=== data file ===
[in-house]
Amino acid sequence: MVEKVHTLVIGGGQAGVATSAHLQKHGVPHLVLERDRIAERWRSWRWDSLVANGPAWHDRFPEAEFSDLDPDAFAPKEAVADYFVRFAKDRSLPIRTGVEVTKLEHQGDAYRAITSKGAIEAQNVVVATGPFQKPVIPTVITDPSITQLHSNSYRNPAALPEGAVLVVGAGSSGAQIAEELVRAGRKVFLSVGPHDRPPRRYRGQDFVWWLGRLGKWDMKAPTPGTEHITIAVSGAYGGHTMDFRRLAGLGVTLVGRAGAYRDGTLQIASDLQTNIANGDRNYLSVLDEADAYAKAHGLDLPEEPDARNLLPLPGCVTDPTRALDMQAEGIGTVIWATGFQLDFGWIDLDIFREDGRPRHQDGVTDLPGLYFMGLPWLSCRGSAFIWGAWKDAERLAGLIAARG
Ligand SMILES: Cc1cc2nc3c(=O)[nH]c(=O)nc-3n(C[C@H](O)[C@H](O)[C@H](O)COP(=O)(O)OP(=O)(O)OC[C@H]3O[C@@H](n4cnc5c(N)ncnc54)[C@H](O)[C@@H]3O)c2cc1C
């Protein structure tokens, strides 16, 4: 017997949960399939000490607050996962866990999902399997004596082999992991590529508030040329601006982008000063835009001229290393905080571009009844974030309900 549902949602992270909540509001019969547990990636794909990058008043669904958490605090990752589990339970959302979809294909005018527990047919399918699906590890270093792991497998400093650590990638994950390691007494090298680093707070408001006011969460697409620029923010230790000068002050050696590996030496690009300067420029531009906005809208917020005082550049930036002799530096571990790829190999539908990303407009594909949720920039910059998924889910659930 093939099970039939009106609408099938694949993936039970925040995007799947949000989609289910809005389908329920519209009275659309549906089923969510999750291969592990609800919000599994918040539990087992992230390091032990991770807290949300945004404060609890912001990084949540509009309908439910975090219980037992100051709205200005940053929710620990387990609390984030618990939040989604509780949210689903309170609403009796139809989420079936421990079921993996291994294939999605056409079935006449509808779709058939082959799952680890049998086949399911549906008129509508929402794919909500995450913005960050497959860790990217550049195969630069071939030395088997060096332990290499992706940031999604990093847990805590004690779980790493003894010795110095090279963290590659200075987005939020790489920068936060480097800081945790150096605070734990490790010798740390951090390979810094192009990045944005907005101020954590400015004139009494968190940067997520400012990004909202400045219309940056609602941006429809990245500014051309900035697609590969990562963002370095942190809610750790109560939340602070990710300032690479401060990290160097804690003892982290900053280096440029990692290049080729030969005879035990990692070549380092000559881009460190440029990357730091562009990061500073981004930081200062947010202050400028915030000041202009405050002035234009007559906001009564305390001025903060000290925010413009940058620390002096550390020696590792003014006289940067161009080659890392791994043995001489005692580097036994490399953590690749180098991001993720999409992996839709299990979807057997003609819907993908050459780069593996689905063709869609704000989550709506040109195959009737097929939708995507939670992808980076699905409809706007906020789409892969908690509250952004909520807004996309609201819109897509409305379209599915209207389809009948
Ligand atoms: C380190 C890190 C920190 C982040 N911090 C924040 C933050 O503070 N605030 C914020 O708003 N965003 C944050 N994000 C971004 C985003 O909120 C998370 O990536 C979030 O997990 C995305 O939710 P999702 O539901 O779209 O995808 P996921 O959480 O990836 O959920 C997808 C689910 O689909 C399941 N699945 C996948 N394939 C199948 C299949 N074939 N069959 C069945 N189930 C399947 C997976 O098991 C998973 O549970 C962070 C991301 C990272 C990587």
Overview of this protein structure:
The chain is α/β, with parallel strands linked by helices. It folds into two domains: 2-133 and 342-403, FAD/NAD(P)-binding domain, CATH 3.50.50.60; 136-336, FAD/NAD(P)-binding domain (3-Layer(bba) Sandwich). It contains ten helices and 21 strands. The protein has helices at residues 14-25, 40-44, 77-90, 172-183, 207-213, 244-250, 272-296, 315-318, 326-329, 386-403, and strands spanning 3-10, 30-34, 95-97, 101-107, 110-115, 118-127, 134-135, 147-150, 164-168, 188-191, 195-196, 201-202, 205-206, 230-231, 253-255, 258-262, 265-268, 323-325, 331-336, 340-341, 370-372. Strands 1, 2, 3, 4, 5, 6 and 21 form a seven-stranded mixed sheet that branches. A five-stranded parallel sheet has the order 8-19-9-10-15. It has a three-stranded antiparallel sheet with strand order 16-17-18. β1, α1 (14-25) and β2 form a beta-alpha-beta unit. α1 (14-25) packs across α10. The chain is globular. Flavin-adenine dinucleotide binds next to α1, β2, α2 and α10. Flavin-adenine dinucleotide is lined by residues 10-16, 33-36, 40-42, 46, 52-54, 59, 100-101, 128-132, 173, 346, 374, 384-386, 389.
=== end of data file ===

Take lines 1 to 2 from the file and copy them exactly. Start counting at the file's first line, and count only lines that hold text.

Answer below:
[in-house]
Amino acid sequence: MVEKVHTLVIGGGQAGVATSAHLQKHGVPHLVLERDRIAERWRSWRWDSLVANGPAWHDRFPEAEFSDLDPDAFAPKEAVADYFVRFAKDRSLPIRTGVEVTKLEHQGDAYRAITSKGAIEAQNVVVATGPFQKPVIPTVITDPSITQLHSNSYRNPAALPEGAVLVVGAGSSGAQIAEELVRAGRKVFLSVGPHDRPPRRYRGQDFVWWLGRLGKWDMKAPTPGTEHITIAVSGAYGGHTMDFRRLAGLGVTLVGRAGAYRDGTLQIASDLQTNIANGDRNYLSVLDEADAYAKAHGLDLPEEPDARNLLPLPGCVTDPTRALDMQAEGIGTVIWATGFQLDFGWIDLDIFREDGRPRHQDGVTDLPGLYFMGLPWLSCRGSAFIWGAWKDAERLAGLIAARG